John Warner (Warner-Babcock Institute for Green Chemistry) on “Intellectual Ecology: Green Chemistry and Biomimicry”: I’ve actually read this guy’s book before, but I hadn’t really connected the science of it with the overall concept of educational reform until now. First of all, this guy is one of the most published and respected organic chemists in the country, but that’s not even his strong point. He is the leading advocate for science (primarily chemistry) education reform. I can totally vouch that chemistry is the most poorly taught subject in college. But on a whole separate level, have you ever wondered why we have carcinogenic food dyes and endocrine-disrupting plasticisers? Why would chemists even design these compounds in the first place? The answer is quite simple: they are not taught not to! NO industrial chemist is required to take a toxicology or environmental impacts course. It’s not apathy. It’s lack of knowledge. (Video of talk)

Jane Goodall (Primatology and Conservation Goddess) on “Gombe and Beyond: The Next 50 Years”: Dr. Jane was by far the most well-known conference attendee (although Leonardo DiCaprio was in the audience…). Her work in conservation and engaging youth are practically unparalleled in the world. She said she travels over 300 days a year and never stays in the same place for more than two weeks, all in order to spread her powerful message of habitat and biodiversity conservation. Her voice was powerful and her aura was strong. Afterwards, I got to put my arm around her and get a picture with her…no big deal or anything.

As if these talks weren’t enough, other highlights of the conference include the following:

  • I met and had great conversations with both Michael Ableman and Anna Lappé, who are two of the most prominent advocates/activists for sustainable food/agriculture systems. I was also able to get autographed copies of their latest books, but this didn’t really seem like a big deal anymore after chatting with them and seeing how down to earth they are. As an interesting coincidence, Lappé’s latest book includes a chapter on one of the farmers I worked with over the summer!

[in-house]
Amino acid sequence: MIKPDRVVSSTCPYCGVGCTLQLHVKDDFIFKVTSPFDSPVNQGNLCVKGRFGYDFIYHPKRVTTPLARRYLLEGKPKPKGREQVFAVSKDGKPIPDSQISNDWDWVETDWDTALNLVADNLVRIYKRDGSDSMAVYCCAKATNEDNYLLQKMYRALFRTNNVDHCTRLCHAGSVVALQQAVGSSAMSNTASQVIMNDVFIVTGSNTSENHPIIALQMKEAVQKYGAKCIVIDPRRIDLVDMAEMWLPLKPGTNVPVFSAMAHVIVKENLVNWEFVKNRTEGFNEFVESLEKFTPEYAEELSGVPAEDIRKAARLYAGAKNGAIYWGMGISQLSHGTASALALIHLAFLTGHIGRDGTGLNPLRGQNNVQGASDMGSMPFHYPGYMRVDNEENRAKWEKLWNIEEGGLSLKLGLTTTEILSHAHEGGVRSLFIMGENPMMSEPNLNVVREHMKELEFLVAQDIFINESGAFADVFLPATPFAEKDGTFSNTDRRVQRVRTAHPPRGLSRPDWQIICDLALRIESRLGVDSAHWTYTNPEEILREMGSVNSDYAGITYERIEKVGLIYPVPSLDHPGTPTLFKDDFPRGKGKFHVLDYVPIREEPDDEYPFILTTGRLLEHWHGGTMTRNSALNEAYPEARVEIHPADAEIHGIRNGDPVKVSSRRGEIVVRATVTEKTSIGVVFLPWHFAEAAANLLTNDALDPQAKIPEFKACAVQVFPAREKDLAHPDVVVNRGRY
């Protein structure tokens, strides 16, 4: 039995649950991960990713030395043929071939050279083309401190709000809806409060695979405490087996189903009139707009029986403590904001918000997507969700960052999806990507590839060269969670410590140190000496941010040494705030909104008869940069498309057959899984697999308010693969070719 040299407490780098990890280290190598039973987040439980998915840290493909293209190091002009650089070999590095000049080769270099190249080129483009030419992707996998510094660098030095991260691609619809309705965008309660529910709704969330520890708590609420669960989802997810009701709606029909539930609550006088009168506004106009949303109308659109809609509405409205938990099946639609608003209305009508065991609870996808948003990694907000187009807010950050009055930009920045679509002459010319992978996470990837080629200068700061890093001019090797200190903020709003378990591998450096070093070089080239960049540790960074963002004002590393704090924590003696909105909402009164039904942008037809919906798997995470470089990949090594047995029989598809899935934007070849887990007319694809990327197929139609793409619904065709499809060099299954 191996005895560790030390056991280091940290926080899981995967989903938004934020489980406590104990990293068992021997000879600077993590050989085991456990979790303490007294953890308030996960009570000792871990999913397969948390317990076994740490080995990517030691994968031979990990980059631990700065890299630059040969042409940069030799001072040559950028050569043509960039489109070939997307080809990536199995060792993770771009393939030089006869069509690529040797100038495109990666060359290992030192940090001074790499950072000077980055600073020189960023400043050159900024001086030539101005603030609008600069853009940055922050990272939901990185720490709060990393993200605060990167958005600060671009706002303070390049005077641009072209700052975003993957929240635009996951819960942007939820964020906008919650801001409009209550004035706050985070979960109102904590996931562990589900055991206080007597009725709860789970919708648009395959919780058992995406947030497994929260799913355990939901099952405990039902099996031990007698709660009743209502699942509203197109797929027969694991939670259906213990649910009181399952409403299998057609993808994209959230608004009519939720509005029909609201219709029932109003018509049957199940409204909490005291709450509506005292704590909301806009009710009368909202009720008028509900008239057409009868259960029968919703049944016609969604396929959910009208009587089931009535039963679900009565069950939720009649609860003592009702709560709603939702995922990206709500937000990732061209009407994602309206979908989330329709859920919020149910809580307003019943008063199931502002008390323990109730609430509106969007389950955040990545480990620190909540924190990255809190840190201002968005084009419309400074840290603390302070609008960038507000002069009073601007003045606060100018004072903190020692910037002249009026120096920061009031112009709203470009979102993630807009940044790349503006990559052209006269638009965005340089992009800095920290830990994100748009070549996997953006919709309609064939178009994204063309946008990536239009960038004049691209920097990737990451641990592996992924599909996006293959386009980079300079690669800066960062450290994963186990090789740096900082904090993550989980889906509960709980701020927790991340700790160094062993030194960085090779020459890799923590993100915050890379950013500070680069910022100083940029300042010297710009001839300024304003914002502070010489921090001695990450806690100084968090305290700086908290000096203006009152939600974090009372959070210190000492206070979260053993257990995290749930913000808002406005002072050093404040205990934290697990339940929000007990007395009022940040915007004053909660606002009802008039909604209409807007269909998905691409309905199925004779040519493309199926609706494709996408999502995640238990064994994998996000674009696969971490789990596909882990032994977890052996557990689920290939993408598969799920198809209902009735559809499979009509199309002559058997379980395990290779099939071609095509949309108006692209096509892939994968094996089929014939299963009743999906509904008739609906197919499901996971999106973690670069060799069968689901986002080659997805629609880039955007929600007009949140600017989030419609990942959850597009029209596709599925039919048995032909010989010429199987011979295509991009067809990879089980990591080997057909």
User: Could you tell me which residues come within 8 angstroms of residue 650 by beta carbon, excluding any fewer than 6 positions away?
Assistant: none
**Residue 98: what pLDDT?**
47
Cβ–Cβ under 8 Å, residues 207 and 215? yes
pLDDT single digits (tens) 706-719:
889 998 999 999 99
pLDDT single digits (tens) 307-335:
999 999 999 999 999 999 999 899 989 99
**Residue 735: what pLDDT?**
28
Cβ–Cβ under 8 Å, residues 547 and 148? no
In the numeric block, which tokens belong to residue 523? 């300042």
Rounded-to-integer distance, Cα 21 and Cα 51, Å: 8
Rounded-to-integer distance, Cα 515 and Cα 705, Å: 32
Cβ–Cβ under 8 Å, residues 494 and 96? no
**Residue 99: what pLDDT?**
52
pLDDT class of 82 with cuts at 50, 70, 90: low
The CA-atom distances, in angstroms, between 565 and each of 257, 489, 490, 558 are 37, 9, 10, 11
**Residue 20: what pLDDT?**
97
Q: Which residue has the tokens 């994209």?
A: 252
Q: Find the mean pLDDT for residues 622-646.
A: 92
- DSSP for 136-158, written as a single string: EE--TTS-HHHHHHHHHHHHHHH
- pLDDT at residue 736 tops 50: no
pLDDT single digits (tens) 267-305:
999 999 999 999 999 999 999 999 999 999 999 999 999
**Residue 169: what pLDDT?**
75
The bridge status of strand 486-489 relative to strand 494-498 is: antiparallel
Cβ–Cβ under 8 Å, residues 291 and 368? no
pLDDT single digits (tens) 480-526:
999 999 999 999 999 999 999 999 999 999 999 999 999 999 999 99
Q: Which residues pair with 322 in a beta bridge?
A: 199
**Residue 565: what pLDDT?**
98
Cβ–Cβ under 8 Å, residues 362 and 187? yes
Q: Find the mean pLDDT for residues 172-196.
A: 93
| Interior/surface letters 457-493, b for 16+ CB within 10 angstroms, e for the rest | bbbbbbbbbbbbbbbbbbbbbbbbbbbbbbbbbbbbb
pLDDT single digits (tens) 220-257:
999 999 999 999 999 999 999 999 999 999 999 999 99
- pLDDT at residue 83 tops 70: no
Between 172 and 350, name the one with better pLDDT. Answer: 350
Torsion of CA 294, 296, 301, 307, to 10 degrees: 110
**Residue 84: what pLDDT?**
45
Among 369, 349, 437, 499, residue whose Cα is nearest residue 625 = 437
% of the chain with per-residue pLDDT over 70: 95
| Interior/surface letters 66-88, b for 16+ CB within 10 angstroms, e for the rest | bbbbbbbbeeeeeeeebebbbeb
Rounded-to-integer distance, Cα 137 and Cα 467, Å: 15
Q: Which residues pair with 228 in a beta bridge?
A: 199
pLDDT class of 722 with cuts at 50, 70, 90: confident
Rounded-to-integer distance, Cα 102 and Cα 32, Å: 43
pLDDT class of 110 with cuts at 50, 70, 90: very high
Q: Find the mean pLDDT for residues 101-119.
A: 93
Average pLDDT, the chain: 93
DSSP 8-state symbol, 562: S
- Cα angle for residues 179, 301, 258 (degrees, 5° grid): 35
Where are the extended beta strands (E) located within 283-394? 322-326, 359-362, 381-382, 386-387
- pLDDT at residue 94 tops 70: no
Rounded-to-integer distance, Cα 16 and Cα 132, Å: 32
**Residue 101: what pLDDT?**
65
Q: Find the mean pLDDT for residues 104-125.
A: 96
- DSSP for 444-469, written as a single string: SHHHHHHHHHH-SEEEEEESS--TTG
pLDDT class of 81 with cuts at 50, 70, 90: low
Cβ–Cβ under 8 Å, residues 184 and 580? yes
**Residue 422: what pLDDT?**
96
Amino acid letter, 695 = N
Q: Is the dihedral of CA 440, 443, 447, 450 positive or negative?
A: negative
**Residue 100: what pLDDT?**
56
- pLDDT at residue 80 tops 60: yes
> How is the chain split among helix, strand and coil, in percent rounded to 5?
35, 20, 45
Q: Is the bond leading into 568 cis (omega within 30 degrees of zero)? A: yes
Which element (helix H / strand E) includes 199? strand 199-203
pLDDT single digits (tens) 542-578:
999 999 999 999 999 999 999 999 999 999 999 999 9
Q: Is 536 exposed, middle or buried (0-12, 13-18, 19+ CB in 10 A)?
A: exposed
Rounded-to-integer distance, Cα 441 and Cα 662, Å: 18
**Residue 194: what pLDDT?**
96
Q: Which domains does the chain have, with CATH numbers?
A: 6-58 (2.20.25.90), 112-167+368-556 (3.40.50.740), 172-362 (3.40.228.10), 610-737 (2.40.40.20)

• AMAZING fresh, local, responsible food at every meal!
  • A really cool roommate from Washington who’s totally on top of things and I got along with really well.
  • Beautiful California. I began my stay on Friday morning with a run out to the Bay to catch the sunrise over the mountains and water. I then ended my stay with a night of wandering around the lovely San Francisco, eating fresh seafood and clam chowder.

As I write this, I am sitting in the plane on the way home…by far the worst part of the trip. Why? Not because of comfort or anything like that. No, it’s the view. I have to stare out my window at the ecological and economic wasteland we call the breadbasket of the world. On they flight out, I got super depressed. Now, I see a vast opportunity before my eyes.


One Response to “Let’s Bioneer a New Future”

  1. Joan said

    Sounds like a super-wonderful time in California.
    You are so upbeat….
    I think you should run for President of the United States some day and then you could really make a difference in our world!
    Put it on your to-do list!!!